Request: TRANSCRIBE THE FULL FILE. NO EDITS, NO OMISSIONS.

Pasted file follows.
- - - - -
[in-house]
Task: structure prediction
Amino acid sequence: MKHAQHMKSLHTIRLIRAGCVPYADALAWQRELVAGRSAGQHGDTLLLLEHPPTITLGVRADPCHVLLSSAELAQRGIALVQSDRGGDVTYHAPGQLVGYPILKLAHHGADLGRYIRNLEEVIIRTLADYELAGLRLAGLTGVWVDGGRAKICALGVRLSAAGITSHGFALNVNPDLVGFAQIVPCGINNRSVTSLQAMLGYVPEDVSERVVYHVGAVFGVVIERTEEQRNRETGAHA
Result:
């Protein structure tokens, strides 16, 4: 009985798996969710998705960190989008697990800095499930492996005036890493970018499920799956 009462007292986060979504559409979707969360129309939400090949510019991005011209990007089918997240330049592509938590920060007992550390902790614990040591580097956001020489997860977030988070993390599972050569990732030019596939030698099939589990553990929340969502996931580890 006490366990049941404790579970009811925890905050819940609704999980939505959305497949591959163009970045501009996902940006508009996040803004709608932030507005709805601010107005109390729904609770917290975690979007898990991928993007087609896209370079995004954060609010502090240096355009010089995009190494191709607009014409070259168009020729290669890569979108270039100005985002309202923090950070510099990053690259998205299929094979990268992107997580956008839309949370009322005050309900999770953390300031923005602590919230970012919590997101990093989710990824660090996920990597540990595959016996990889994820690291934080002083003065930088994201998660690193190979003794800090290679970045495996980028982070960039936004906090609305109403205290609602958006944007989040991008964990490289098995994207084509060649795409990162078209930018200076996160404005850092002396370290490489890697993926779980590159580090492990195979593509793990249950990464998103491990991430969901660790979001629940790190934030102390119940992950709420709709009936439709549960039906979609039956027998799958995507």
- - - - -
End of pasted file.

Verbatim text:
[in-house]
Task: structure prediction
Amino acid sequence: MKHAQHMKSLHTIRLIRAGCVPYADALAWQRELVAGRSAGQHGDTLLLLEHPPTITLGVRADPCHVLLSSAELAQRGIALVQSDRGGDVTYHAPGQLVGYPILKLAHHGADLGRYIRNLEEVIIRTLADYELAGLRLAGLTGVWVDGGRAKICALGVRLSAAGITSHGFALNVNPDLVGFAQIVPCGINNRSVTSLQAMLGYVPEDVSERVVYHVGAVFGVVIERTEEQRNRETGAHA
Result:
């Protein structure tokens, strides 16, 4: 009985798996969710998705960190989008697990800095499930492996005036890493970018499920799956 009462007292986060979504559409979707969360129309939400090949510019991005011209990007089918997240330049592509938590920060007992550390902790614990040591580097956001020489997860977030988070993390599972050569990732030019596939030698099939589990553990929340969502996931580890 006490366990049941404790579970009811925890905050819940609704999980939505959305497949591959163009970045501009996902940006508009996040803004709608932030507005709805601010107005109390729904609770917290975690979007898990991928993007087609896209370079995004954060609010502090240096355009010089995009190494191709607009014409070259168009020729290669890569979108270039100005985002309202923090950070510099990053690259998205299929094979990268992107997580956008839309949370009322005050309900999770953390300031923005602590919230970012919590997101990093989710990824660090996920990597540990595959016996990889994820690291934080002083003065930088994201998660690193190979003794800090290679970045495996980028982070960039936004906090609305109403205290609602958006944007989040991008964990490289098995994207084509060649795409990162078209930018200076996160404005850092002396370290490489890697993926779980590159580090492990195979593509793990249950990464998103491990991430969901660790979001629940790190934030102390119940992950709420709709009936439709549960039906979609039956027998799958995507």